"Gangsta's Paradise" has sold over five million copies in the U.S., the U.K., and Germany alone.   
 


 
 


 
 
 

#294:

Live And Let Die 
Paul McCartney & Wings
1973

 
"Outstanding."

"The beginning is magnificent."

"Love this song."

"AWESOME!"

"Amazing song--the rhythm changes are incredible!"

"Great percussion!"
 
 
Before Tom Mankiewicz had finished writing the screenplay to the movie Live and Let Die, producers Harry Saltzman and Albert R. Broccoli invited Paul McCartney to write the theme song.  Saltzman originally wanted Shirley Bassey (who had recorded another Bond theme, "Goldfinger"), or Thelma Houston to record the song.  But McCartney would allow the song to be used for the movie only if Wings could be featured in the opening credits.  Saltzman had previously blown it by rejecting a chance to produce the movie A Hard Day's Night, and didn't want to make the same mistake.  He relented.   
Paul wanted the producers to send him a copy of Ian Fleming's novel that the movie was based on.  He and his wife Linda wrote the song the afternoon they received the book, and Wings recorded the song at A.I.R. Studios in London the following week while also recording songs for their album Red Rose Speedway.  Ray Cooper, who later became famous as Elton John's percussionist, lent his talents on "Live And Let Die". 

The group recorded the song in October, 1972.  It reunited McCartney with his producer in the Beatle years, George Martin, who also arranged the orchestra parts in the song.  "Live And Let Die" was released June 1, 1973 in the U.K. and June 18 in the United States. 

Competition included "Goodbye Yellow Brick Road" and "Daniel" by Elton John, "Bad, Bad Leroy Brown" by Jim Croce, "Tie A Yellow Ribbon 'Round The Ole Oak Tree" by Tony Orlando & Dawn, "The Most Beautiful Girl" by Charlie Rich, "Let's Get It On" by Marvin Gaye, Wings' own "My Love", "Midnight Train To Georgia" from Gladys Knight & the Pips, "Kodachrome" by Paul Simon, Grand Funk's "We're An American Band", and Chicago's "Just You 'N Me".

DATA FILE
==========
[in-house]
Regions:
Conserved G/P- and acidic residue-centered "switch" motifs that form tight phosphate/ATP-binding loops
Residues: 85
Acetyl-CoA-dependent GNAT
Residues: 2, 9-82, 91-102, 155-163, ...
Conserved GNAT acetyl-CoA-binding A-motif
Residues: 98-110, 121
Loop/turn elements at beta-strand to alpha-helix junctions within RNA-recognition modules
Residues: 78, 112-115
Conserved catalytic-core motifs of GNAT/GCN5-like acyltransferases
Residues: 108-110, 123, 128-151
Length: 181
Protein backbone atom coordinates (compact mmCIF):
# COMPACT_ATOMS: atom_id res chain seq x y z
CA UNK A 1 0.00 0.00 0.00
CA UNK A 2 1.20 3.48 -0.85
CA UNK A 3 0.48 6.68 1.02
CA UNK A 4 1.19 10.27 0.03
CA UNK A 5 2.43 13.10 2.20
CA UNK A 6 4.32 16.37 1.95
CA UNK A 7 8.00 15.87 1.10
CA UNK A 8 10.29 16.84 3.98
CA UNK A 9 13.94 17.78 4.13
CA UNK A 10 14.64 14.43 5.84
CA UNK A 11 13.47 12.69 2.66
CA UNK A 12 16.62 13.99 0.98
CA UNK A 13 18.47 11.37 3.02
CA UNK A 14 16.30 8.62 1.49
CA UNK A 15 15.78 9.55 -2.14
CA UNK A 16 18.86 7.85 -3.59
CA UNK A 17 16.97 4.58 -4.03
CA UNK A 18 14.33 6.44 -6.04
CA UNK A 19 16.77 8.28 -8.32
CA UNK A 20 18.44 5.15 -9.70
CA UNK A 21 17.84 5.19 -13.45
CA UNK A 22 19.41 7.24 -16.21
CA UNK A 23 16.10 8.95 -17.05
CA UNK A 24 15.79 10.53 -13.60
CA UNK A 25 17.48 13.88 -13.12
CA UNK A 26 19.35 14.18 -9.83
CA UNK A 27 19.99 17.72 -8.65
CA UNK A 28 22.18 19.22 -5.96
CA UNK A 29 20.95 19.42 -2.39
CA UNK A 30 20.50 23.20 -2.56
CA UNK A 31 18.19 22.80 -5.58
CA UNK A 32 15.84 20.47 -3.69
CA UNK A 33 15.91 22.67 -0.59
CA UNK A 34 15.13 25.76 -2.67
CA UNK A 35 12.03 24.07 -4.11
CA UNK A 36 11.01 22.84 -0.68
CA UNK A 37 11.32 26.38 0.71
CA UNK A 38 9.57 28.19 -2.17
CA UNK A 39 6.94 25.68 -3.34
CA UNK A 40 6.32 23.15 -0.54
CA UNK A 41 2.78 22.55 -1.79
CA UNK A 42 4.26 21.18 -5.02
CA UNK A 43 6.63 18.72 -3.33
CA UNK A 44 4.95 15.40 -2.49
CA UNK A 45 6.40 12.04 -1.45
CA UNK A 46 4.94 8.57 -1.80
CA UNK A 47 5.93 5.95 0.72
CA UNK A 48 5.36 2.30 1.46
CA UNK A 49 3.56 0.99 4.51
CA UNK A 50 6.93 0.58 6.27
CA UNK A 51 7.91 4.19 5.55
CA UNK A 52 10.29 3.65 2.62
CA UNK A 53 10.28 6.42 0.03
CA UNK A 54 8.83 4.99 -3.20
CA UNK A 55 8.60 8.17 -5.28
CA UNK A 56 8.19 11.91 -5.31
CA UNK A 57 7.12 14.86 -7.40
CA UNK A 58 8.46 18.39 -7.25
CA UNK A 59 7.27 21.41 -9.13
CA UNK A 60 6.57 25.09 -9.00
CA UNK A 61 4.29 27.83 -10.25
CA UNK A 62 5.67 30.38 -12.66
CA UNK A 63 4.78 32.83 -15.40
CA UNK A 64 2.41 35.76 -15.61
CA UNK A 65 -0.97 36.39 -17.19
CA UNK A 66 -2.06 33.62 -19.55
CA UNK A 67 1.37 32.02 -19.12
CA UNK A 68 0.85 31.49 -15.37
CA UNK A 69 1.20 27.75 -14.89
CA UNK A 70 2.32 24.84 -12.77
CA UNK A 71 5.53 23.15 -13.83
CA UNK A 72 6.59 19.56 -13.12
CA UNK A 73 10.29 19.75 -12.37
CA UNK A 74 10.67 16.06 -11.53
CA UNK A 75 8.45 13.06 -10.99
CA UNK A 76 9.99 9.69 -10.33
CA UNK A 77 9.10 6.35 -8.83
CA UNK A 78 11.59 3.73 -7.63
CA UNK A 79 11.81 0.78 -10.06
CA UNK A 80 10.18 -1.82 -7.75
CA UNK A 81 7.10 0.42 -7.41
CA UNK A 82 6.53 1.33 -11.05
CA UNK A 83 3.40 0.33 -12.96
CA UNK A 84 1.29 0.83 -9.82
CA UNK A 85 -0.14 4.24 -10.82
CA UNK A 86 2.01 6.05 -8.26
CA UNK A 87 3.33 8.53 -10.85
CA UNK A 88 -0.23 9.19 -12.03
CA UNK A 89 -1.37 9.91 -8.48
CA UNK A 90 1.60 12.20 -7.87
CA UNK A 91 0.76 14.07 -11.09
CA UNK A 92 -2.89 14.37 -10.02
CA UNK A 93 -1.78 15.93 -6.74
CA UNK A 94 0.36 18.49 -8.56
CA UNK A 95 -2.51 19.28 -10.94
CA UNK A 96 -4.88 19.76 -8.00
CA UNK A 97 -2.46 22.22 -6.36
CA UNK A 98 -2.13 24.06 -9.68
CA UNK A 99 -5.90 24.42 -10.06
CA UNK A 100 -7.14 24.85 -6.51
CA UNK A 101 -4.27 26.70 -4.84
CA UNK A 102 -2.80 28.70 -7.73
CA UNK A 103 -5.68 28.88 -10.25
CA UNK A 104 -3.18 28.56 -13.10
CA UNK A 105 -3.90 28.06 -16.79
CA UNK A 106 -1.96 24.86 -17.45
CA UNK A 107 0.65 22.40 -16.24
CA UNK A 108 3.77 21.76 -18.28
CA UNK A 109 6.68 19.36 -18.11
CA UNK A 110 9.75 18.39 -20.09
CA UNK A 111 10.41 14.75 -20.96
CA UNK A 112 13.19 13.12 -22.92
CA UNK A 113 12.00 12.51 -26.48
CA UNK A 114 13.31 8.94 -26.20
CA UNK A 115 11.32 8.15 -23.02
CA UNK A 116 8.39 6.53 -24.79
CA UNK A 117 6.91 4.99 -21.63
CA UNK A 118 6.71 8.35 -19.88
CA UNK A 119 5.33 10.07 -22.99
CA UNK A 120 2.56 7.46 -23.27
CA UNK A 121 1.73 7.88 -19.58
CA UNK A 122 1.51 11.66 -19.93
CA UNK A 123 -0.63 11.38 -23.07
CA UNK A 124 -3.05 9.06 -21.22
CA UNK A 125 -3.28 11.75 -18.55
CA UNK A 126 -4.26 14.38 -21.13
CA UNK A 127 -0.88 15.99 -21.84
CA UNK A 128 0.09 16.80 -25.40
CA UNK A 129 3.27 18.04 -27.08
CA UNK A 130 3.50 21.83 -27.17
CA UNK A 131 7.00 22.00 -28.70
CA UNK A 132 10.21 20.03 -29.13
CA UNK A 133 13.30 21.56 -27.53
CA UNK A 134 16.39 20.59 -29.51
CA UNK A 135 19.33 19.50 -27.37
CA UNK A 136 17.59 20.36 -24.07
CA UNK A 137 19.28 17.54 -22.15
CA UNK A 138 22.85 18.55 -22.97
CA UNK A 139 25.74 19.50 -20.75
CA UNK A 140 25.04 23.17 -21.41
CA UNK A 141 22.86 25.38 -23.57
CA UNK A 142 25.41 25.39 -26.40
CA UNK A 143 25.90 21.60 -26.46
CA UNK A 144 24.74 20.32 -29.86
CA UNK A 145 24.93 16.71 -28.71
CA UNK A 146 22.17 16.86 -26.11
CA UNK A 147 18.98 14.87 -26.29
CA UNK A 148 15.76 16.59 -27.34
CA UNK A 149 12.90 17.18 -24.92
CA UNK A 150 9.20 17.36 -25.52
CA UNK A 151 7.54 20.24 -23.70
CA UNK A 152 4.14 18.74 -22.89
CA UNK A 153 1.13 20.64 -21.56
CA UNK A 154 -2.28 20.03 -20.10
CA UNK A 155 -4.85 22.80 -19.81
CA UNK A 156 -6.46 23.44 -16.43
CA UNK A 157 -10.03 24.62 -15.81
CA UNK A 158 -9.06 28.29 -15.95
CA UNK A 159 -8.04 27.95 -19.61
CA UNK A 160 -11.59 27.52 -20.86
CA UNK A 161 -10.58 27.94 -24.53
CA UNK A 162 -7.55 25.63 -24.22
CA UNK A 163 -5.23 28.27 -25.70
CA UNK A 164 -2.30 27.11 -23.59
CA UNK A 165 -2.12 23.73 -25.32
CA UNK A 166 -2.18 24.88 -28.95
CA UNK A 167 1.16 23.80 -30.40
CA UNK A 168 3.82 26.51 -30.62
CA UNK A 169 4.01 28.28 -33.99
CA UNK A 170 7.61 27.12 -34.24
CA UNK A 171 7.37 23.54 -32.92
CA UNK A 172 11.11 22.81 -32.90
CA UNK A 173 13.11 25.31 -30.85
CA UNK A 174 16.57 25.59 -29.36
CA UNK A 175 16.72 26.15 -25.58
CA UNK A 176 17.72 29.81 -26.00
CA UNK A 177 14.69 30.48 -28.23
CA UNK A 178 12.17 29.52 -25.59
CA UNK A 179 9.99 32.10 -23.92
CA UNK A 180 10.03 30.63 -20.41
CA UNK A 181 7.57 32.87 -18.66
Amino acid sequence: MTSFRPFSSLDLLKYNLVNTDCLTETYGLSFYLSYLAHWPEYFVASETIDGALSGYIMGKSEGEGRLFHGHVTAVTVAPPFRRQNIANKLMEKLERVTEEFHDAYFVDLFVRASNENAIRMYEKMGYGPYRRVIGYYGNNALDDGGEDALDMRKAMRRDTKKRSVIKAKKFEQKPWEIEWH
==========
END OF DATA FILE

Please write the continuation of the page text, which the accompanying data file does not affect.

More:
"Live And Let Die" became the most successful James Bond song to that point, landing at #2 for three weeks on the Popular chart and #8 on the Adult Contemporary chart.  It also peaked at #2 in Canada and Norway, #5 in Australia, and #9 in the U.K.

"Live And Let Die" sold over one million singles and five million albums, and has been played over four million times.  It was nominated for an Oscar for Best Original Song, losing to Barbra Streisand's "The Way We Were".



 
 
 
 
 
#293:

All Out Of Love 
Air Supply
1980



"Super song!"
 
"Love this incredible song!"
 
"Beautiful song."

"Such a nice song."

"One of the greatest songs ever."

"I love this song.  The lyrics hit straight to the heart."
 
 




Russell Hitchcock and Graham Russell met in May of 1975 while they performed in the Australian production of the Andrew Lloyd Webber and Tim Rice musical, Jesus Christ Superstar.  They formed a group while the show was still playing.  When bassist Jeremy Paul joined in 1976, the three formed the group Air Supply. 
 
When you hear songs on the radio, and hear that artists sell a million copies of a song, it's easy to think that it's easy.  It isn't.  First off, when an artist sells a million copies of a single or album, most of that money goes to the record company.  Second, the odds of someone getting to that point are about a million to one--in other words, for every one million aspiring artists, one makes it to the bigtime.
 
Here's a case in point of what a group has to go through.  By 1979, Air Supply had released four albums.  Although they had enjoyed some success in their native Australia, Russell later admitted that they were so poor that they checked the backs of hotel sofas for change so that they could buy bread to make toast. 
 
But Air Supply persevered, and after their single "Lost In Love" was discovered and re-released in 1980, the group was on their way.  They went on to score seven Top 5 singles in a row from 1980-82, and were one of the hottest artists at any time in the Rock Era.

The second in that incredible run of Top 5 songs was this song at #293*.  "All Out Of Love" was the follow-up to "Lost In Love", a summer favorite in 1980.  Among the other songs out at the time:  "Lady" by Kenny Rogers, "Another Brick In The Wall" by Pink Floyd, "It's Still Rock & Roll To Me" by Billy Joel, Blondie's "Call Me", "Another One Bites The Dust" by Queen, "Magic" from Olivia Newton-John, Air Supply's own "Lost In Love", "Woman In Love" by Barbra Streisand, "Keep On Loving You" by REO Speedwagon, "Sailing" by Christopher Cross, "Upside Down" from Diana Ross, "9 To 5" by Dolly Parton, and "I Love A Rainy Night" from Eddie Rabbitt.